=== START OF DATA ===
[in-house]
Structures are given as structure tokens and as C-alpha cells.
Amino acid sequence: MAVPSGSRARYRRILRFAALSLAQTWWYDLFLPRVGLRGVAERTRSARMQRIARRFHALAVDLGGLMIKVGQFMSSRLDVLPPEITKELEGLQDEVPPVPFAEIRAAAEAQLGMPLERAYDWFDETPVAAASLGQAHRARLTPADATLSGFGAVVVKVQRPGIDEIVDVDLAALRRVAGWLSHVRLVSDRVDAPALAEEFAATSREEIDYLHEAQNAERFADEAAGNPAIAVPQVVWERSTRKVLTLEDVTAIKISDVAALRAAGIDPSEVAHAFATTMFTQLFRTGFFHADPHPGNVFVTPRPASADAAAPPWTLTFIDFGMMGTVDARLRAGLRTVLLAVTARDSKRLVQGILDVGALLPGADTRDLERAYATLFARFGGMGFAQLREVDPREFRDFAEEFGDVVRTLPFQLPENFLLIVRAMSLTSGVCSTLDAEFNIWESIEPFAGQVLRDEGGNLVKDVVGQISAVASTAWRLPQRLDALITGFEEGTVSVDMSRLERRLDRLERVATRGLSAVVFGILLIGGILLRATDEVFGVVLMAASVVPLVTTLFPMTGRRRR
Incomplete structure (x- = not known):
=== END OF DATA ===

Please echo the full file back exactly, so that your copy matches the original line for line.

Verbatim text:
[in-house]
Structures are given as structure tokens and as C-alpha cells.
Amino acid sequence: MAVPSGSRARYRRILRFAALSLAQTWWYDLFLPRVGLRGVAERTRSARMQRIARRFHALAVDLGGLMIKVGQFMSSRLDVLPPEITKELEGLQDEVPPVPFAEIRAAAEAQLGMPLERAYDWFDETPVAAASLGQAHRARLTPADATLSGFGAVVVKVQRPGIDEIVDVDLAALRRVAGWLSHVRLVSDRVDAPALAEEFAATSREEIDYLHEAQNAERFADEAAGNPAIAVPQVVWERSTRKVLTLEDVTAIKISDVAALRAAGIDPSEVAHAFATTMFTQLFRTGFFHADPHPGNVFVTPRPASADAAAPPWTLTFIDFGMMGTVDARLRAGLRTVLLAVTARDSKRLVQGILDVGALLPGADTRDLERAYATLFARFGGMGFAQLREVDPREFRDFAEEFGDVVRTLPFQLPENFLLIVRAMSLTSGVCSTLDAEFNIWESIEPFAGQVLRDEGGNLVKDVVGQISAVASTAWRLPQRLDALITGFEEGTVSVDMSRLERRLDRLERVATRGLSAVVFGILLIGGILLRATDEVFGVVLMAASVVPLVTTLFPMTGRRRR
Incomplete structure (x- = not known):